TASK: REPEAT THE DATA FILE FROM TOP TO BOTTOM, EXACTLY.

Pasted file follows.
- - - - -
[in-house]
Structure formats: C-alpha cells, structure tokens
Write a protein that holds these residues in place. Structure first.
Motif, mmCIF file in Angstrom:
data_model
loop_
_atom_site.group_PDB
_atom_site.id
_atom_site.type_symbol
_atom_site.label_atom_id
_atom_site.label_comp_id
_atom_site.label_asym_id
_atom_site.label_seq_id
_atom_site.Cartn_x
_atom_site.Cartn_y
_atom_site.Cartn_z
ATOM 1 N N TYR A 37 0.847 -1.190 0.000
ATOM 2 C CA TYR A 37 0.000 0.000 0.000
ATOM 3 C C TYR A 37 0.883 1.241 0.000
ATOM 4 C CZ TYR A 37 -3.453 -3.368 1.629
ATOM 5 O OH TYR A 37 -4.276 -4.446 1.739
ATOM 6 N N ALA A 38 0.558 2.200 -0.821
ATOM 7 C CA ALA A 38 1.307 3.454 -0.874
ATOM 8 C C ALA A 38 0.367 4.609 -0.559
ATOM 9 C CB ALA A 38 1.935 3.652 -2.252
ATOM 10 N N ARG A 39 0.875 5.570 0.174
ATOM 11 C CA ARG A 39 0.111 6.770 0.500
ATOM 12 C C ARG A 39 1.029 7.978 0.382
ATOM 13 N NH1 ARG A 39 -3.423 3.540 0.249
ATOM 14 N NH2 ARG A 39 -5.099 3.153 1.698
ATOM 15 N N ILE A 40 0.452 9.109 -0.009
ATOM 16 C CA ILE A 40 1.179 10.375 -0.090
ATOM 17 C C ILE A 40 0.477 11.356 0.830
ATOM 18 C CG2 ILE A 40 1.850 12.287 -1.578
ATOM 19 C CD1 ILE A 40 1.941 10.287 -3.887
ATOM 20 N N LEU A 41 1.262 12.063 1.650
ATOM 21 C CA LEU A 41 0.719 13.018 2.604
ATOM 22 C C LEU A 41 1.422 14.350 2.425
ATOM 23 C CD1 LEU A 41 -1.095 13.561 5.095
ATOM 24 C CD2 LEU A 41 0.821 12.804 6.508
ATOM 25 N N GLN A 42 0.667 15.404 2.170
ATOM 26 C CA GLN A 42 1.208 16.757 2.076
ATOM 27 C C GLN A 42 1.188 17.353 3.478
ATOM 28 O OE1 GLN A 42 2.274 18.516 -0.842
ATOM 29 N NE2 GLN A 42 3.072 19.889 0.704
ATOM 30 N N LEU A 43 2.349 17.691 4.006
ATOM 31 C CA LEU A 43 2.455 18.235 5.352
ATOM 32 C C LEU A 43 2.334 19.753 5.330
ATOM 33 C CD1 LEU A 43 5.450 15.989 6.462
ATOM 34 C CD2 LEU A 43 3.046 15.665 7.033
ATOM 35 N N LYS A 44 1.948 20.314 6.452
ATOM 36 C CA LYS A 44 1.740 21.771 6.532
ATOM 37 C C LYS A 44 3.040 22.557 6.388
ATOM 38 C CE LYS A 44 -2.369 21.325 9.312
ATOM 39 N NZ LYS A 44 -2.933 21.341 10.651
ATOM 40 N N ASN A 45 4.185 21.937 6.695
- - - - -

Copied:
[in-house]
Structure formats: C-alpha cells, structure tokens
Write a protein that holds these residues in place. Structure first.
Motif, mmCIF file in Angstrom:
data_model
loop_
_atom_site.group_PDB
_atom_site.id
_atom_site.type_symbol
_atom_site.label_atom_id
_atom_site.label_comp_id
_atom_site.label_asym_id
_atom_site.label_seq_id
_atom_site.Cartn_x
_atom_site.Cartn_y
_atom_site.Cartn_z
ATOM 1 N N TYR A 37 0.847 -1.190 0.000
ATOM 2 C CA TYR A 37 0.000 0.000 0.000
ATOM 3 C C TYR A 37 0.883 1.241 0.000
ATOM 4 C CZ TYR A 37 -3.453 -3.368 1.629
ATOM 5 O OH TYR A 37 -4.276 -4.446 1.739
ATOM 6 N N ALA A 38 0.558 2.200 -0.821
ATOM 7 C CA ALA A 38 1.307 3.454 -0.874
ATOM 8 C C ALA A 38 0.367 4.609 -0.559
ATOM 9 C CB ALA A 38 1.935 3.652 -2.252
ATOM 10 N N ARG A 39 0.875 5.570 0.174
ATOM 11 C CA ARG A 39 0.111 6.770 0.500
ATOM 12 C C ARG A 39 1.029 7.978 0.382
ATOM 13 N NH1 ARG A 39 -3.423 3.540 0.249
ATOM 14 N NH2 ARG A 39 -5.099 3.153 1.698
ATOM 15 N N ILE A 40 0.452 9.109 -0.009
ATOM 16 C CA ILE A 40 1.179 10.375 -0.090
ATOM 17 C C ILE A 40 0.477 11.356 0.830
ATOM 18 C CG2 ILE A 40 1.850 12.287 -1.578
ATOM 19 C CD1 ILE A 40 1.941 10.287 -3.887
ATOM 20 N N LEU A 41 1.262 12.063 1.650
ATOM 21 C CA LEU A 41 0.719 13.018 2.604
ATOM 22 C C LEU A 41 1.422 14.350 2.425
ATOM 23 C CD1 LEU A 41 -1.095 13.561 5.095
ATOM 24 C CD2 LEU A 41 0.821 12.804 6.508
ATOM 25 N N GLN A 42 0.667 15.404 2.170
ATOM 26 C CA GLN A 42 1.208 16.757 2.076
ATOM 27 C C GLN A 42 1.188 17.353 3.478
ATOM 28 O OE1 GLN A 42 2.274 18.516 -0.842
ATOM 29 N NE2 GLN A 42 3.072 19.889 0.704
ATOM 30 N N LEU A 43 2.349 17.691 4.006
ATOM 31 C CA LEU A 43 2.455 18.235 5.352
ATOM 32 C C LEU A 43 2.334 19.753 5.330
ATOM 33 C CD1 LEU A 43 5.450 15.989 6.462
ATOM 34 C CD2 LEU A 43 3.046 15.665 7.033
ATOM 35 N N LYS A 44 1.948 20.314 6.452
ATOM 36 C CA LYS A 44 1.740 21.771 6.532
ATOM 37 C C LYS A 44 3.040 22.557 6.388
ATOM 38 C CE LYS A 44 -2.369 21.325 9.312
ATOM 39 N NZ LYS A 44 -2.933 21.341 10.651
ATOM 40 N N ASN A 45 4.185 21.937 6.695